New Hotline: 623-388-2424
To get the most out of your racing day, it’s best to arrive earlier rather than later. This gets you a better pit space nearer to the starting line and a chance to walk the track before practice. Once practice is underway, the track and infield are off-limits to racers, crew and parents (except during the PeeWee races, when parents may follow their kids in the infield.) Practice varies from track to track and also how much time is available. The normal grouped practice schedule is usually (but not always) in this order: Quads, motorcycle Beginners, motorcycle Novices, motorcycle Pros/Intermediates, Vets, 80s, 60’s, PeeWees and a 2-lap late practice.) We sometimes vary from this routine, depending on the conditions and time available on a given day.The practice schedule is always posted and announced. Find out when your practice runs and be ready for it; if you miss your assigned session, you can only ride the 2-lap late practice (which is NOT open to Minis or Quads). If you race two size classes (80 & 125, or 125 & 250) you must either ride both bikes during your ability level practice or one bike in the late practice. DO NOT run in a practice that you are not assigned to; it may cost you either laps in your moto or disqualification from the day. Also, be VERY CAREFUL when riding your bike in the pits, even for a little ways going to or coming off the track. Pit riding is tolerated, but only if everyone is careful and rides slowly/first gear WITH a helmet on. You can be docked laps for speeding or riding without a helmet – besides, it is very dangerous!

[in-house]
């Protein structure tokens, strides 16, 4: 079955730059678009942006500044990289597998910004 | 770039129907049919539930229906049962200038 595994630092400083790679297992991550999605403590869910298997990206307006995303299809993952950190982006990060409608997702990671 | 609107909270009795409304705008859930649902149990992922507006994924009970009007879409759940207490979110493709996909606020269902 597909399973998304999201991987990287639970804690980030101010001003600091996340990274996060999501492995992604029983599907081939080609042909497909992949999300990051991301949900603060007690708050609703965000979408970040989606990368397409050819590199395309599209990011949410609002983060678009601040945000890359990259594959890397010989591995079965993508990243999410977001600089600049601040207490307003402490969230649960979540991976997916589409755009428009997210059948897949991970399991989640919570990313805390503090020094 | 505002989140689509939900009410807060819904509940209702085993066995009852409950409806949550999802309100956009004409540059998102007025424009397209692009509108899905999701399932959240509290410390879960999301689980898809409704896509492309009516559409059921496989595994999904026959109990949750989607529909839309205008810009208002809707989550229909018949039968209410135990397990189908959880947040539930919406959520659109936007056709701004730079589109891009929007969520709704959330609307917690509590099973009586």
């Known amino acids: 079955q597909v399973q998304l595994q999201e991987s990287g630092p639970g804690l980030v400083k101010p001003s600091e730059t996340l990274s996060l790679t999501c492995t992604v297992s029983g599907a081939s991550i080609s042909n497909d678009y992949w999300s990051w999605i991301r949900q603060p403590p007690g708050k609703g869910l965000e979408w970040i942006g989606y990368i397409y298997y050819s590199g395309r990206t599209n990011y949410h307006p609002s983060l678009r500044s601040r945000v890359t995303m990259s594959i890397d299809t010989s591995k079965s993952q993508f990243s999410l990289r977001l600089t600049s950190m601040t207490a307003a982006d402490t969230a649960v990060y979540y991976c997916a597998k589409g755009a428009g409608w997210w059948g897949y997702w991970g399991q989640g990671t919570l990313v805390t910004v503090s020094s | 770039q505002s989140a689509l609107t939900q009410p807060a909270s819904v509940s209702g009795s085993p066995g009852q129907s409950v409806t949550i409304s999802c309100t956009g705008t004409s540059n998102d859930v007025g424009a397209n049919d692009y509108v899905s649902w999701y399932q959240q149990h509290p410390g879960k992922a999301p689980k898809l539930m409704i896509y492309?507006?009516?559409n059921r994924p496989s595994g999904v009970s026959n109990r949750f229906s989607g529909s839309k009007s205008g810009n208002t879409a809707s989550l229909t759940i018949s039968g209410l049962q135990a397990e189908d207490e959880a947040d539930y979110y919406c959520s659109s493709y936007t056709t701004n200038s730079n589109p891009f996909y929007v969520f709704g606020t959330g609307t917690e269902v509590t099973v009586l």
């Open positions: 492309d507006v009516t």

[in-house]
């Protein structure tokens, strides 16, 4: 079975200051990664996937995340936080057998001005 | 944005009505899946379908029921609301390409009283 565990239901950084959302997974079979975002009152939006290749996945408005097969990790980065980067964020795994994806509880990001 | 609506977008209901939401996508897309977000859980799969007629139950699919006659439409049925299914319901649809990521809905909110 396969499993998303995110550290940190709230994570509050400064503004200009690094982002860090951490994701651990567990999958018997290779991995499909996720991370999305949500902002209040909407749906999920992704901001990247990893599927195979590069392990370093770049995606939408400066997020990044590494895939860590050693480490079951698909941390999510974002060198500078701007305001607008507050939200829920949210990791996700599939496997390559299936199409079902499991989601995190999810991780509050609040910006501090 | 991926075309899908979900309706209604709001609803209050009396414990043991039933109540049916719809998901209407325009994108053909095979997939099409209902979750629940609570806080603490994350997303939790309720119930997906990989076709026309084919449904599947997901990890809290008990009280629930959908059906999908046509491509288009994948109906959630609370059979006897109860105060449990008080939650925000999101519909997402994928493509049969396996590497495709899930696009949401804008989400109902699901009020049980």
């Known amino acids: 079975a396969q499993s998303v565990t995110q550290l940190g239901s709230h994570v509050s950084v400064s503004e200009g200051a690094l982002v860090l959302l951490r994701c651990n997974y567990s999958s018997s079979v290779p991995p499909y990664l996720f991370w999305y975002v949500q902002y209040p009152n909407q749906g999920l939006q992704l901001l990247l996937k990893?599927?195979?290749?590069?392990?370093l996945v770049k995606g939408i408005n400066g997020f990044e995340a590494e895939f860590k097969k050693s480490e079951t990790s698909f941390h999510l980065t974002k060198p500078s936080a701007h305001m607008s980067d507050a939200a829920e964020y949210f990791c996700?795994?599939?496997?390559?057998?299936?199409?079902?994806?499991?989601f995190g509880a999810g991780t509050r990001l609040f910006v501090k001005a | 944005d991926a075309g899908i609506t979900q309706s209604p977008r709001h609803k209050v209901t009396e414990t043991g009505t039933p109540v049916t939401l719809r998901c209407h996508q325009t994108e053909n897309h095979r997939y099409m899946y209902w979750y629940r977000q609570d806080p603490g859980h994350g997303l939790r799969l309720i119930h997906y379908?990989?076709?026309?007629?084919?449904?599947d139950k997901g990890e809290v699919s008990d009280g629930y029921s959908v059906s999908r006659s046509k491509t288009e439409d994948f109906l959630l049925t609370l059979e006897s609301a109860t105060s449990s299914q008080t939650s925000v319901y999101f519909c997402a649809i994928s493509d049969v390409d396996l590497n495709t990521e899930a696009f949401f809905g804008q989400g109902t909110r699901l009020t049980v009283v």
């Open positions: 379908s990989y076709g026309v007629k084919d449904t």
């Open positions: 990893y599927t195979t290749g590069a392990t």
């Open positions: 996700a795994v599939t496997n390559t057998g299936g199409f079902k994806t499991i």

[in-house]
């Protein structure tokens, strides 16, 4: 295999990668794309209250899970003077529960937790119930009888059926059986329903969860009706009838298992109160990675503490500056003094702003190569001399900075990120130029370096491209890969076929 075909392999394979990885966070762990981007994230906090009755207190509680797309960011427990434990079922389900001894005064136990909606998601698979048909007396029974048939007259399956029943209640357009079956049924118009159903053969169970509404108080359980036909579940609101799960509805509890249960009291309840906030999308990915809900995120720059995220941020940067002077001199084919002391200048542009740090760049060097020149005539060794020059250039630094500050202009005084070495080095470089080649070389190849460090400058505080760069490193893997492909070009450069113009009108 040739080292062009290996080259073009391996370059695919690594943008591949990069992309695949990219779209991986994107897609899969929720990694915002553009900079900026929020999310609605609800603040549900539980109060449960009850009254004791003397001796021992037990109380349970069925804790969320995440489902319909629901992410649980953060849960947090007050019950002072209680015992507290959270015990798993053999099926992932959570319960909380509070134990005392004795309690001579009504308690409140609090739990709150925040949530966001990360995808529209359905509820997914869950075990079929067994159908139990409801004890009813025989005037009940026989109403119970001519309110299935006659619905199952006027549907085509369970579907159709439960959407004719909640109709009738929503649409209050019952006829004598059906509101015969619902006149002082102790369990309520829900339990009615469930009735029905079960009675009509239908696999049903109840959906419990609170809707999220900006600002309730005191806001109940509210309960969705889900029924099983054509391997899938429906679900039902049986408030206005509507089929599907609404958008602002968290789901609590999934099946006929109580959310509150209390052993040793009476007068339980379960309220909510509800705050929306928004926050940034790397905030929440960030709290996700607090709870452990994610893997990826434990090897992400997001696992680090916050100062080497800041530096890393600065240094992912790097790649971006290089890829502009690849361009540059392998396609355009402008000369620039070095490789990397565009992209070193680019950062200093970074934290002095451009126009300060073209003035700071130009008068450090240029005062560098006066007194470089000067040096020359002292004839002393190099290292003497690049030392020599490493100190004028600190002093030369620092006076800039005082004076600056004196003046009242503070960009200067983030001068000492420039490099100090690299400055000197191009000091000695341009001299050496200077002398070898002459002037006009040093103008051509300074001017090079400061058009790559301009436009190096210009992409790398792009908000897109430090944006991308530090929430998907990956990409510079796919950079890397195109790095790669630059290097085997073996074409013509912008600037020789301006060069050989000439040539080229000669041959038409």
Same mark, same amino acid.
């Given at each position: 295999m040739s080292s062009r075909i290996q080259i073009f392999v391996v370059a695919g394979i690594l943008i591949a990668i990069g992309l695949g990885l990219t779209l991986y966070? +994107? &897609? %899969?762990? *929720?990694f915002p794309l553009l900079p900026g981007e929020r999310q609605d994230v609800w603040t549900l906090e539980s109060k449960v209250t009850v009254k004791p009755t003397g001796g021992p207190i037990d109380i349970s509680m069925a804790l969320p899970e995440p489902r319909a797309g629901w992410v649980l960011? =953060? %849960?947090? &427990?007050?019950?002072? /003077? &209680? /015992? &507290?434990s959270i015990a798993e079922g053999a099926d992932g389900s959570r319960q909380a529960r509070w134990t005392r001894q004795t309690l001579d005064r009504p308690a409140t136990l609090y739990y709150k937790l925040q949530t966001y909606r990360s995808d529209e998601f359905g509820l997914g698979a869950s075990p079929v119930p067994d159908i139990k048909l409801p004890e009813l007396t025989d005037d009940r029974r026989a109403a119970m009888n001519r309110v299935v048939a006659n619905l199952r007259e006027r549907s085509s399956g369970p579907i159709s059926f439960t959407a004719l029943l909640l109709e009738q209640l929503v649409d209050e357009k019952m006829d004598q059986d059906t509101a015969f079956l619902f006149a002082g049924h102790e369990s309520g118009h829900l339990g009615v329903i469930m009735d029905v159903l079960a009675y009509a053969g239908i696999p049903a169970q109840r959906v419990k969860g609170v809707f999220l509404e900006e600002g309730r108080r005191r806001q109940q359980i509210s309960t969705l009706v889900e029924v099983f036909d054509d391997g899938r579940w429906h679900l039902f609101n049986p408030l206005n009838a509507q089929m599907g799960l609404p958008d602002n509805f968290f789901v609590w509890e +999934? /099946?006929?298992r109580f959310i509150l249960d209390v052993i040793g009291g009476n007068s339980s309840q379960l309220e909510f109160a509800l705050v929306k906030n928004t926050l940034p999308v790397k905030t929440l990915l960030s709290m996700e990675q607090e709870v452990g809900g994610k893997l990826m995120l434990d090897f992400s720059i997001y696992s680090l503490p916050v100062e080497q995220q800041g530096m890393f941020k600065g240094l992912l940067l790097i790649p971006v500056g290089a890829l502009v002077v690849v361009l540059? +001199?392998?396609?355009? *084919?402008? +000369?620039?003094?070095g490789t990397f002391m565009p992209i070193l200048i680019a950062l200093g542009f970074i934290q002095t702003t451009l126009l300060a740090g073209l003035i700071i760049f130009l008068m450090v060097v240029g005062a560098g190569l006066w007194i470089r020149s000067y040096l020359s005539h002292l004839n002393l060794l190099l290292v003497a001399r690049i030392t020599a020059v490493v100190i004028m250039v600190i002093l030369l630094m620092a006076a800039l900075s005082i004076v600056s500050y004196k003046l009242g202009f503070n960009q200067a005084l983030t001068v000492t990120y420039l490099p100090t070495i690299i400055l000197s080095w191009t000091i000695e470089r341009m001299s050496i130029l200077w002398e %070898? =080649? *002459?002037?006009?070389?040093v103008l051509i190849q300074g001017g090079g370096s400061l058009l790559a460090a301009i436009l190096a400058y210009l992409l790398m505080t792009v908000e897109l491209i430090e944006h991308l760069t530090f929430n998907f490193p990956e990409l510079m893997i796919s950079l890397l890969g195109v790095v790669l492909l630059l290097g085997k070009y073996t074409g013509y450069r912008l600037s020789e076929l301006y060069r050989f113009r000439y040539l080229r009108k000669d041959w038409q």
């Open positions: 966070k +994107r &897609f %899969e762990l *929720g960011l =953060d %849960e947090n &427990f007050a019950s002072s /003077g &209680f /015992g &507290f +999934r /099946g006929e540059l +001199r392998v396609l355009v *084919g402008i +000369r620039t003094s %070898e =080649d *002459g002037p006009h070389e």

Practice is just that: practice. It is NOT a race session. The smartest riders take the first lap slowly, making sure the track hasn’t changed since the last event and making sure they know where every obstacle is. The dummies & posers go out and go as fast as they can on the first lap, and frequently injure either themselves or their bikes while trying to “win practice.” Practice sessions are usually 8 minutes per session (or 4 laps), which allows plenty of time to take the first lap real easy and then work up to speed. Why throw away everything you invest in the day and risk injuring yourself by trying to win the first lap of practice? It’s a stupid thing to do, so don’t be pressured into it by the “fast guys” in your class (that should read “idiots”, actually!) One important thing to remember; when you are practicing OR racing, DON’T change your line when you hear some one come up behind you, especially on a jump. Stay in the line you’ve chosen and let them go around you. If you change your line, the other rider may run into or land on you – not a good thing, and it’s not his fault!
After practice, come in and clean off your bike, especially the number plates. Here in Arizona, the promoter MUST soak the track before practice if there is any hope of having the track stay dust-free all day, so practice is frequently a bit muddy. If you don’t clean off your number plates and they can’t be read by the scorers, you won’t be scored, period. It’s YOUR responsibility to have legible number plates with the correct numbers. NEVER have two different numbers on your bike at the same time. If you have the wrong number or an unreadable number, you won’t be scored. Also, ALL Quads must have a permanently-fastened rear number plate mounted on the REAR of the quad.
Clean off the extra mud, lube and adjust your chain, check the controls for proper operation and then (if necessary) change the suspension settings, jetting or gearing as necessary for that day at that track. Many, many riders run the same jetting and the same gearing at all the tracks, and wonder why they do just fine at one track and get smoked at another. If you have a question on setup, ask someone – almost everyone is happy to help you at the track, even your competition. If you’re bike isn’t handling right either, there are almost always suspension specialists at the tracks who will assist you with the settings. One thing that new racers should always remember: make sure the bike works correctly for you before you start making it faster! More power can actually slow you down if the suspension isn’t set up for your weight and ability, and can cause you to get hurt, too! Get the suspension set right before you do anything else!